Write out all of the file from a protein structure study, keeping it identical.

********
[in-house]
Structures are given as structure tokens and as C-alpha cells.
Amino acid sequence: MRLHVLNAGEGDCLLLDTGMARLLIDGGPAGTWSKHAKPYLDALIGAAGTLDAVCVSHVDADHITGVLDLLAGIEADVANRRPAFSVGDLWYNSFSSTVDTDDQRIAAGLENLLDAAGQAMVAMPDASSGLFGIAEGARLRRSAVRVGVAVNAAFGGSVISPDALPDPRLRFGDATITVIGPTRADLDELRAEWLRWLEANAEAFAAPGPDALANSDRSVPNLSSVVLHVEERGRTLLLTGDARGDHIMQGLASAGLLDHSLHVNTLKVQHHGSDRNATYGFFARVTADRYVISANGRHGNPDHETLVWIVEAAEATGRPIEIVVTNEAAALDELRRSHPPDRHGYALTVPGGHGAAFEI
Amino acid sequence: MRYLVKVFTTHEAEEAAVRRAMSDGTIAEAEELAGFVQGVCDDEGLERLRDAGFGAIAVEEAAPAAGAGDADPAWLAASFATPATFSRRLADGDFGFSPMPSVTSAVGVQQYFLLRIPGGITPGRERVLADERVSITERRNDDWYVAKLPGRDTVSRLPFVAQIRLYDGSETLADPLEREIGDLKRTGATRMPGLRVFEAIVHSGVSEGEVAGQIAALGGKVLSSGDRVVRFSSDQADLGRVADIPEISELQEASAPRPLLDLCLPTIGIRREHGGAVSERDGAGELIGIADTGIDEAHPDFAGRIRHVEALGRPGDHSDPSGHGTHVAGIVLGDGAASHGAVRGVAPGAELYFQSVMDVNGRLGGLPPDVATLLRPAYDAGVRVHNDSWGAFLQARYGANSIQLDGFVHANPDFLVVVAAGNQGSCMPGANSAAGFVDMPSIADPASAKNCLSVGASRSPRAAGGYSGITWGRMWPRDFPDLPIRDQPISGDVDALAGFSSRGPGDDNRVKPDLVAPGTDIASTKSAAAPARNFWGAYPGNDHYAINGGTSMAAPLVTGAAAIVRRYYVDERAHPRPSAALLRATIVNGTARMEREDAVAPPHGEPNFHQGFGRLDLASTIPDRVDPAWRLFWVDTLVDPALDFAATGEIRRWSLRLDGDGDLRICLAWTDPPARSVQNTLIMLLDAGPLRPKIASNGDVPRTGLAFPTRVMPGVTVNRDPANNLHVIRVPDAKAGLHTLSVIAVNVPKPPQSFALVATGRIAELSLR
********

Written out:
[in-house]
Structures are given as structure tokens and as C-alpha cells.
Amino acid sequence: MRLHVLNAGEGDCLLLDTGMARLLIDGGPAGTWSKHAKPYLDALIGAAGTLDAVCVSHVDADHITGVLDLLAGIEADVANRRPAFSVGDLWYNSFSSTVDTDDQRIAAGLENLLDAAGQAMVAMPDASSGLFGIAEGARLRRSAVRVGVAVNAAFGGSVISPDALPDPRLRFGDATITVIGPTRADLDELRAEWLRWLEANAEAFAAPGPDALANSDRSVPNLSSVVLHVEERGRTLLLTGDARGDHIMQGLASAGLLDHSLHVNTLKVQHHGSDRNATYGFFARVTADRYVISANGRHGNPDHETLVWIVEAAEATGRPIEIVVTNEAAALDELRRSHPPDRHGYALTVPGGHGAAFEI
Amino acid sequence: MRYLVKVFTTHEAEEAAVRRAMSDGTIAEAEELAGFVQGVCDDEGLERLRDAGFGAIAVEEAAPAAGAGDADPAWLAASFATPATFSRRLADGDFGFSPMPSVTSAVGVQQYFLLRIPGGITPGRERVLADERVSITERRNDDWYVAKLPGRDTVSRLPFVAQIRLYDGSETLADPLEREIGDLKRTGATRMPGLRVFEAIVHSGVSEGEVAGQIAALGGKVLSSGDRVVRFSSDQADLGRVADIPEISELQEASAPRPLLDLCLPTIGIRREHGGAVSERDGAGELIGIADTGIDEAHPDFAGRIRHVEALGRPGDHSDPSGHGTHVAGIVLGDGAASHGAVRGVAPGAELYFQSVMDVNGRLGGLPPDVATLLRPAYDAGVRVHNDSWGAFLQARYGANSIQLDGFVHANPDFLVVVAAGNQGSCMPGANSAAGFVDMPSIADPASAKNCLSVGASRSPRAAGGYSGITWGRMWPRDFPDLPIRDQPISGDVDALAGFSSRGPGDDNRVKPDLVAPGTDIASTKSAAAPARNFWGAYPGNDHYAINGGTSMAAPLVTGAAAIVRRYYVDERAHPRPSAALLRATIVNGTARMEREDAVAPPHGEPNFHQGFGRLDLASTIPDRVDPAWRLFWVDTLVDPALDFAATGEIRRWSLRLDGDGDLRICLAWTDPPARSVQNTLIMLLDAGPLRPKIASNGDVPRTGLAFPTRVMPGVTVNRDPANNLHVIRVPDAKAGLHTLSVIAVNVPKPPQSFALVATGRIAELSLR